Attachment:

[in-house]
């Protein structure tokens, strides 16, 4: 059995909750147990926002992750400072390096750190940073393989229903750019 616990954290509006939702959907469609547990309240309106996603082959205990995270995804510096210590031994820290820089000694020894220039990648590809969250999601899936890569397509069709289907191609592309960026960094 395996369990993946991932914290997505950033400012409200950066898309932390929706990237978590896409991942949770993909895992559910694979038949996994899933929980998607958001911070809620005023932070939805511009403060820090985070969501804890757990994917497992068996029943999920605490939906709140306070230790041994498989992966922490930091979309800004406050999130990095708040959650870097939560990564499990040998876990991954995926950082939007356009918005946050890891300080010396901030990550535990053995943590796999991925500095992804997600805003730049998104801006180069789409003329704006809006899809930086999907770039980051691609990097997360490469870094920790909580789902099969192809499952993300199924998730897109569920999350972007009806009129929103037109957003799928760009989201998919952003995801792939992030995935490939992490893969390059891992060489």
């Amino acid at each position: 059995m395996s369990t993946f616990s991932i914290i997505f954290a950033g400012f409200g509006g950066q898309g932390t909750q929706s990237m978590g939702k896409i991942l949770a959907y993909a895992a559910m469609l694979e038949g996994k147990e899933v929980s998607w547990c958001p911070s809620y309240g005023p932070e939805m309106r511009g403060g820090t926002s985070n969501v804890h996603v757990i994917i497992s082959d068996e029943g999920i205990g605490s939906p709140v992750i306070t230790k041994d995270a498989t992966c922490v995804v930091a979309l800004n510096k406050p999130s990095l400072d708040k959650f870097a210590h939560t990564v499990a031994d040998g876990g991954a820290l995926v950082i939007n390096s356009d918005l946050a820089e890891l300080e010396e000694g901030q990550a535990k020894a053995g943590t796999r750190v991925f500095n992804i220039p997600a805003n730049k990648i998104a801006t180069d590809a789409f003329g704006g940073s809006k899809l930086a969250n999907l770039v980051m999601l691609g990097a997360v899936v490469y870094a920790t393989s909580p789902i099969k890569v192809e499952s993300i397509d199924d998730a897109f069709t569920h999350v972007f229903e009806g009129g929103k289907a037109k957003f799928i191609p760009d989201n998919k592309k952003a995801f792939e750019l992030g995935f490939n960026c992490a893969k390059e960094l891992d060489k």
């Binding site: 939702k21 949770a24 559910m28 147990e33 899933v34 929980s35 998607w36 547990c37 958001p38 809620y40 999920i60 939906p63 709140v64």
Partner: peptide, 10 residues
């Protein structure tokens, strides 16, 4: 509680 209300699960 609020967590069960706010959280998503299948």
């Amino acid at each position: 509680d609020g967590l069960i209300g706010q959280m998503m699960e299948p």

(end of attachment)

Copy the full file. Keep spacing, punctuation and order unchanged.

[in-house]
């Protein structure tokens, strides 16, 4: 059995909750147990926002992750400072390096750190940073393989229903750019 616990954290509006939702959907469609547990309240309106996603082959205990995270995804510096210590031994820290820089000694020894220039990648590809969250999601899936890569397509069709289907191609592309960026960094 395996369990993946991932914290997505950033400012409200950066898309932390929706990237978590896409991942949770993909895992559910694979038949996994899933929980998607958001911070809620005023932070939805511009403060820090985070969501804890757990994917497992068996029943999920605490939906709140306070230790041994498989992966922490930091979309800004406050999130990095708040959650870097939560990564499990040998876990991954995926950082939007356009918005946050890891300080010396901030990550535990053995943590796999991925500095992804997600805003730049998104801006180069789409003329704006809006899809930086999907770039980051691609990097997360490469870094920790909580789902099969192809499952993300199924998730897109569920999350972007009806009129929103037109957003799928760009989201998919952003995801792939992030995935490939992490893969390059891992060489």
């Amino acid at each position: 059995m395996s369990t993946f616990s991932i914290i997505f954290a950033g400012f409200g509006g950066q898309g932390t909750q929706s990237m978590g939702k896409i991942l949770a959907y993909a895992a559910m469609l694979e038949g996994k147990e899933v929980s998607w547990c958001p911070s809620y309240g005023p932070e939805m309106r511009g403060g820090t926002s985070n969501v804890h996603v757990i994917i497992s082959d068996e029943g999920i205990g605490s939906p709140v992750i306070t230790k041994d995270a498989t992966c922490v995804v930091a979309l800004n510096k406050p999130s990095l400072d708040k959650f870097a210590h939560t990564v499990a031994d040998g876990g991954a820290l995926v950082i939007n390096s356009d918005l946050a820089e890891l300080e010396e000694g901030q990550a535990k020894a053995g943590t796999r750190v991925f500095n992804i220039p997600a805003n730049k990648i998104a801006t180069d590809a789409f003329g704006g940073s809006k899809l930086a969250n999907l770039v980051m999601l691609g990097a997360v899936v490469y870094a920790t393989s909580p789902i099969k890569v192809e499952s993300i397509d199924d998730a897109f069709t569920h999350v972007f229903e009806g009129g929103k289907a037109k957003f799928i191609p760009d989201n998919k592309k952003a995801f792939e750019l992030g995935f490939n960026c992490a893969k390059e960094l891992d060489k």
């Binding site: 939702k21 949770a24 559910m28 147990e33 899933v34 929980s35 998607w36 547990c37 958001p38 809620y40 999920i60 939906p63 709140v64």
Partner: peptide, 10 residues
């Protein structure tokens, strides 16, 4: 509680 209300699960 609020967590069960706010959280998503299948």
């Amino acid at each position: 509680d609020g967590l069960i209300g706010q959280m998503m699960e299948p």